Formatted input output in c

Formatted Input Output in C

Formatted input-output means that the input and the output of a C program will be in a particular format. In C, this requirement is done by format specification is only intended to represent whatever result will be produced in a better format. In the following paragraphs, information regarding different format specifications has been shared.

Format For Integer Input

%wd: Here the letter ‘d’, represents the conversion specification character for an integral value, while ‘w’ specifies an integer number that represents the maximum field width of the input data. If the length of the input data exceeds this field width, then that integral value cannot be stored correctly in that input field.

Example: scanf(“%2d%4d”, &u, &v);

Now if the length of the input data is less than or equal to the field width, then the input data can be correctly stored in that (variable) without any change. If the length of the input data is more than the field width, then the altered input data will be stored in the variable.

  • Input: 5 35
    Output: Now because the length of the input data is less than the field width, the correct input will be stored in the variables. 5 and 35 will be stored correctly in the variables u and v respectively.
  • Input: 54 3456
    Output: Now because the length of the input data is equal to the field width, the correct input will be stored in the variables. 54 and 3456 will be stored correctly u and v respectively.
  • Input: 512 67854
    Output: Now the length of the input data is greater than the field width, the input will be stored in the variables incorrectly. 51 will be stored in u while 2 will be stored in the variable v.

Format For Integer Output

%wd: Here  ‘d’ is used in its standard meaning while ‘w’ specifies the integer number which represents the minimum field width of any integer output data.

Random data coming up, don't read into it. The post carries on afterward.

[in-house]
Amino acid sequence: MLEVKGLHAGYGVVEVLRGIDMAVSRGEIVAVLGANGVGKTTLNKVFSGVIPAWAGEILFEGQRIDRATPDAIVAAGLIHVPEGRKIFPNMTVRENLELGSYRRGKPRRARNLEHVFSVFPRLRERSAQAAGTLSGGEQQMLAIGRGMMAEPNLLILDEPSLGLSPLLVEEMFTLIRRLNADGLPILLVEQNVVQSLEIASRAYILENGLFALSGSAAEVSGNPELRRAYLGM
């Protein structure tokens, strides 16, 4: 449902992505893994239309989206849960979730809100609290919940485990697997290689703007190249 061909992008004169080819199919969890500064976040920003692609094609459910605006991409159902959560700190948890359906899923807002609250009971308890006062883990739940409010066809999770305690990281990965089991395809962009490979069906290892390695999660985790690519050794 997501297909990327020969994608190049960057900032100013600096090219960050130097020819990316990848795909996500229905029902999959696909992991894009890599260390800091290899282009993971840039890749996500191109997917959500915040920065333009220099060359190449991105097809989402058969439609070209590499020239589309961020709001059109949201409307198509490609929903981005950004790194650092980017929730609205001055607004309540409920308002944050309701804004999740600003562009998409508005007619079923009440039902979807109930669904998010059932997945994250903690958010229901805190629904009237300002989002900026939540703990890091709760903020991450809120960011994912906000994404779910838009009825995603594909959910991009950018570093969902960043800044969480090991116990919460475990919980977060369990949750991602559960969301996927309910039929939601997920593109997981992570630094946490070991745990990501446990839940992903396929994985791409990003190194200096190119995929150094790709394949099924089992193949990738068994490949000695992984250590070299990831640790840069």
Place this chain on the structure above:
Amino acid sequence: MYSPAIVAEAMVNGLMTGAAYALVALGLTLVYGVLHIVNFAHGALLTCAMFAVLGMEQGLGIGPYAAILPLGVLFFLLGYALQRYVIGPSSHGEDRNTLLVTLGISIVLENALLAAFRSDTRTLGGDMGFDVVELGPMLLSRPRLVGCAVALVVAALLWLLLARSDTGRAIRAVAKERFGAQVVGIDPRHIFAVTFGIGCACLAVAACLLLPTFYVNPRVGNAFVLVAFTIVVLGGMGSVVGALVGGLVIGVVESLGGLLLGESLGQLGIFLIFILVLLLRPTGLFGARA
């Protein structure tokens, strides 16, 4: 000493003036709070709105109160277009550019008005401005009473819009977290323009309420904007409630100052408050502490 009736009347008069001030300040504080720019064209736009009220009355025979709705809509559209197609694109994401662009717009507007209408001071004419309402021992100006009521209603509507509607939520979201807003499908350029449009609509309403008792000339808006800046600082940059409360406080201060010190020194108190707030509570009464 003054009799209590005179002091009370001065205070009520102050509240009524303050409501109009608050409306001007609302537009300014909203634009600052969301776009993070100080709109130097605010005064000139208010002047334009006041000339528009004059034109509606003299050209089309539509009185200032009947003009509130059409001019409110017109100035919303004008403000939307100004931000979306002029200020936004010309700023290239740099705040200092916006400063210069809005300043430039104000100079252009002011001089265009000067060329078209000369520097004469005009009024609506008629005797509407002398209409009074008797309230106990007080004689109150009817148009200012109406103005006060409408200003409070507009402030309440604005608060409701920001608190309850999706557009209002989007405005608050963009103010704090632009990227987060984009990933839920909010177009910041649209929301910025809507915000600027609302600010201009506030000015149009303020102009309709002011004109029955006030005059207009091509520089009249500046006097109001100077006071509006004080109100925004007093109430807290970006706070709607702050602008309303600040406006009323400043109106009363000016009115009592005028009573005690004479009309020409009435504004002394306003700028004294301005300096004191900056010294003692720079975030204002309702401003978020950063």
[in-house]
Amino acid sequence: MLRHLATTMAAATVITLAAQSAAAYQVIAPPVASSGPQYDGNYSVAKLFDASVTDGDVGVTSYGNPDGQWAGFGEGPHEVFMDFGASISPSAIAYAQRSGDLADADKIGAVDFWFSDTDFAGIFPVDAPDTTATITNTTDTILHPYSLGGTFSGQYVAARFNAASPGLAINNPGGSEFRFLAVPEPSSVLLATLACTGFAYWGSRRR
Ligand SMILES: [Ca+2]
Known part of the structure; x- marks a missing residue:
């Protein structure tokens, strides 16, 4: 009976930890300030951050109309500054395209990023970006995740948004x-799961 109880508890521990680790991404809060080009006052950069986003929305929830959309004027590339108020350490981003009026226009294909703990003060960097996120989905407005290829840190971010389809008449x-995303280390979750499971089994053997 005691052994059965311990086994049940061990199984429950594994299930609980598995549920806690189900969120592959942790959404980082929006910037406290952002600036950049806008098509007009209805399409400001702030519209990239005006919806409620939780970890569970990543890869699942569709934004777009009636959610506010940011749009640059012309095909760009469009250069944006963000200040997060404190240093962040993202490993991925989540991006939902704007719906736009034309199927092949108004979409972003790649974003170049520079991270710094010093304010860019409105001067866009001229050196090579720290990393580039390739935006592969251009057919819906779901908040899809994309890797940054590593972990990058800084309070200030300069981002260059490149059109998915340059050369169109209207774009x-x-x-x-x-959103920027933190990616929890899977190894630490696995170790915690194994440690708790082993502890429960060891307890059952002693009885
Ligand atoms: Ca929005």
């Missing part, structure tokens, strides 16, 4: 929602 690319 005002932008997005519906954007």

Example: printf(“u=%2d, t=%4d”, u, t);

  • Now, if the length of the variable is less than the field width the variable is right-justified, with leading blank(s).
    Input: 5 35
    Output: u= 5, t= 35
  • Now, if the length of the variable is equal to the field width the value of the variable will be printed correctly.
    Input: 35 3591
    Output: u=35, t=3591
  • Now, if the length of the variable is greater than the field width the value of the variable will be printed correctly.
    Input: 3589 359654
    Output: u=3589, t=359654

Format For Floating Point Output

%wf: Here ‘w’ specifies an integer number that represents the maximum field width of the input data. This field width includes the digits before and after decimal along with decimal.

Example: scanf(“%3f%5f”, &u, &v);

Now if the length of the input data is less than or equal to the field width, then the input data can be correctly stored in that (variable) without any change. If the length of the input data is more than the field width, then the altered input data will be stored in the variable.

  • Input: 5 31.5
    Output: Now because the length of the input data is less than the field width, the correct input will be stored in the variables. 5.00 and 31.50 will be stored correctly in u and v respectively.
  • Input: 5.4 34.56
    Output: Now because the length of the input data is equal to the field width, the correct input will be stored in the variables. 5.4 and 34.56 will be stored correctly in u and v respectively.
  • Input: 5.12 67.854